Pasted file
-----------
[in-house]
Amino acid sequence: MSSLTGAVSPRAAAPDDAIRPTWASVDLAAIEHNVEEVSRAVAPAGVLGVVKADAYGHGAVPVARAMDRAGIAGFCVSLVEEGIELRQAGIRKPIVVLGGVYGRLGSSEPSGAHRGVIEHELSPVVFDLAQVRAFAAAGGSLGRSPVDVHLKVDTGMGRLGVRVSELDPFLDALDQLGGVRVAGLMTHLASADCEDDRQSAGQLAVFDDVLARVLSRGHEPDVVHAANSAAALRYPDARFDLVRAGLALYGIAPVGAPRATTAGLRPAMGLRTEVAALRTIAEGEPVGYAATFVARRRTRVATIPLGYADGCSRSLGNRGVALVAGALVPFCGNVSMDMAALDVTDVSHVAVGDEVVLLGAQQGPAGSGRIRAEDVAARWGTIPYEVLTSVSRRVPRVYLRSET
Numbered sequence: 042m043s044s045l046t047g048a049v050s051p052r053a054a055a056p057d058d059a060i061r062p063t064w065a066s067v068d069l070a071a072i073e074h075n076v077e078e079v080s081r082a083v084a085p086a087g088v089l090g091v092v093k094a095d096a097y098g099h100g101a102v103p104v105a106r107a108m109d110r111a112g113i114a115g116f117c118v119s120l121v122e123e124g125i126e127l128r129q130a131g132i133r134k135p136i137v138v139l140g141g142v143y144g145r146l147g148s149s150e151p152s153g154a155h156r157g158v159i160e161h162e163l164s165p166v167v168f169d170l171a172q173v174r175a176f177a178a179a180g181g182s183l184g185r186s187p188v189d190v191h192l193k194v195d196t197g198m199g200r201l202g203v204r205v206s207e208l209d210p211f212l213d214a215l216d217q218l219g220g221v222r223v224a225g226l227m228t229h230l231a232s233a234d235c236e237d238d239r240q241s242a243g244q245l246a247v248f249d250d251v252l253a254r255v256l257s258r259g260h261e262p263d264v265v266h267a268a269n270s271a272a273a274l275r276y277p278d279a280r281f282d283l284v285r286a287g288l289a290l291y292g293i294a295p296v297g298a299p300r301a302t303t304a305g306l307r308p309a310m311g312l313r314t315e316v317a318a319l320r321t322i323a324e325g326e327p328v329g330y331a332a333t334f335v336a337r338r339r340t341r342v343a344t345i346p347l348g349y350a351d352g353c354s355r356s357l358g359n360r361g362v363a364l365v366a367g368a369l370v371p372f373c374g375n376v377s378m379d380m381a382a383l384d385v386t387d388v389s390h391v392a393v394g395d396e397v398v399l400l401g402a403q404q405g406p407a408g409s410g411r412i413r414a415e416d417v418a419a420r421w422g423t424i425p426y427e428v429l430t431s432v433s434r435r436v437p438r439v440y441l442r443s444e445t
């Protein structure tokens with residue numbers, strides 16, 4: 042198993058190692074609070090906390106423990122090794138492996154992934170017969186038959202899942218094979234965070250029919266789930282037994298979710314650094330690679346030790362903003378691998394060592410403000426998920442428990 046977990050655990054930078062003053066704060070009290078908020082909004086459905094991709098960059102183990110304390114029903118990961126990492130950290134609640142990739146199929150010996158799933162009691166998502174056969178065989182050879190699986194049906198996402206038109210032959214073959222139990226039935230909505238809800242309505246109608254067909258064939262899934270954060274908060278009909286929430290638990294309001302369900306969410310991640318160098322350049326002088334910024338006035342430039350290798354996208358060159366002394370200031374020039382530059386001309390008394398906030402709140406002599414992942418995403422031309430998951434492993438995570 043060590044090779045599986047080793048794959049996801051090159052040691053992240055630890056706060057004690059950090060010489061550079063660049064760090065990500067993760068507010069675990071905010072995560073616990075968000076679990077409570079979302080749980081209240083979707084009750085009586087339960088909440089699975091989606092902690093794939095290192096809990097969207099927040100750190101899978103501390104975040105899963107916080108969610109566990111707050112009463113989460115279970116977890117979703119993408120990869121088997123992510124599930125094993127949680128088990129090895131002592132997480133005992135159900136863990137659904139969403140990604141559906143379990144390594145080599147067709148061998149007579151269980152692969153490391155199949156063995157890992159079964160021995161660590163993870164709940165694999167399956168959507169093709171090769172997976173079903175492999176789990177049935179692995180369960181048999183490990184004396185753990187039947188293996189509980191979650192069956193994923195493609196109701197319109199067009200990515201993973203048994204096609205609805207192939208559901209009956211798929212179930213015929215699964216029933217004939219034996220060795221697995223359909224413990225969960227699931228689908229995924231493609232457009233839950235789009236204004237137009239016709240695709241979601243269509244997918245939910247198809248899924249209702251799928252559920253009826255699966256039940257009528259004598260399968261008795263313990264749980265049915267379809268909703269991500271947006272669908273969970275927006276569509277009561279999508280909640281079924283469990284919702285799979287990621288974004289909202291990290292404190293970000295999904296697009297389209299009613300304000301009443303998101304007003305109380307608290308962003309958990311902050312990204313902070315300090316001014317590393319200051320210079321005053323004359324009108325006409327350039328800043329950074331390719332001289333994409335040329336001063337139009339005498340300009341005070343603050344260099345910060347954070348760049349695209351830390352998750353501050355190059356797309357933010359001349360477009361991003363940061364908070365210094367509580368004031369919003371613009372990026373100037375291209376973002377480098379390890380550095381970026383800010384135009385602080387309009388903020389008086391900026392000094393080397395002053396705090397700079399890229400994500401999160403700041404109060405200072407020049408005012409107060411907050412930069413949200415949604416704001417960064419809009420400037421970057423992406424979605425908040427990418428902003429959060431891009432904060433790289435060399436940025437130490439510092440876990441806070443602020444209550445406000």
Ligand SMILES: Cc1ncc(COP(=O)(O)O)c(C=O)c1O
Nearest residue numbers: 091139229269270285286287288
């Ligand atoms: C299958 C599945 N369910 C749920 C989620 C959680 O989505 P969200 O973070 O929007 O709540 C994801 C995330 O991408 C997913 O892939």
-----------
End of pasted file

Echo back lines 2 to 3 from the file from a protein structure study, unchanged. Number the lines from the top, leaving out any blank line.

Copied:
Amino acid sequence: MSSLTGAVSPRAAAPDDAIRPTWASVDLAAIEHNVEEVSRAVAPAGVLGVVKADAYGHGAVPVARAMDRAGIAGFCVSLVEEGIELRQAGIRKPIVVLGGVYGRLGSSEPSGAHRGVIEHELSPVVFDLAQVRAFAAAGGSLGRSPVDVHLKVDTGMGRLGVRVSELDPFLDALDQLGGVRVAGLMTHLASADCEDDRQSAGQLAVFDDVLARVLSRGHEPDVVHAANSAAALRYPDARFDLVRAGLALYGIAPVGAPRATTAGLRPAMGLRTEVAALRTIAEGEPVGYAATFVARRRTRVATIPLGYADGCSRSLGNRGVALVAGALVPFCGNVSMDMAALDVTDVSHVAVGDEVVLLGAQQGPAGSGRIRAEDVAARWGTIPYEVLTSVSRRVPRVYLRSET
Numbered sequence: 042m043s044s045l046t047g048a049v050s051p052r053a054a055a056p057d058d059a060i061r062p063t064w065a066s067v068d069l070a071a072i073e074h075n076v077e078e079v080s081r082a083v084a085p086a087g088v089l090g091v092v093k094a095d096a097y098g099h100g101a102v103p104v105a106r107a108m109d110r111a112g113i114a115g116f117c118v119s120l121v122e123e124g125i126e127l128r129q130a131g132i133r134k135p136i137v138v139l140g141g142v143y144g145r146l147g148s149s150e151p152s153g154a155h156r157g158v159i160e161h162e163l164s165p166v167v168f169d170l171a172q173v174r175a176f177a178a179a180g181g182s183l184g185r186s187p188v189d190v191h192l193k194v195d196t197g198m199g200r201l202g203v204r205v206s207e208l209d210p211f212l213d214a215l216d217q218l219g220g221v222r223v224a225g226l227m228t229h230l231a232s233a234d235c236e237d238d239r240q241s242a243g244q245l246a247v248f249d250d251v252l253a254r255v256l257s258r259g260h261e262p263d264v265v266h267a268a269n270s271a272a273a274l275r276y277p278d279a280r281f282d283l284v285r286a287g288l289a290l291y292g293i294a295p296v297g298a299p300r301a302t303t304a305g306l307r308p309a310m311g312l313r314t315e316v317a318a319l320r321t322i323a324e325g326e327p328v329g330y331a332a333t334f335v336a337r338r339r340t341r342v343a344t345i346p347l348g349y350a351d352g353c354s355r356s357l358g359n360r361g362v363a364l365v366a367g368a369l370v371p372f373c374g375n376v377s378m379d380m381a382a383l384d385v386t387d388v389s390h391v392a393v394g395d396e397v398v399l400l401g402a403q404q405g406p407a408g409s410g411r412i413r414a415e416d417v418a419a420r421w422g423t424i425p426y427e428v429l430t431s432v433s434r435r436v437p438r439v440y441l442r443s444e445t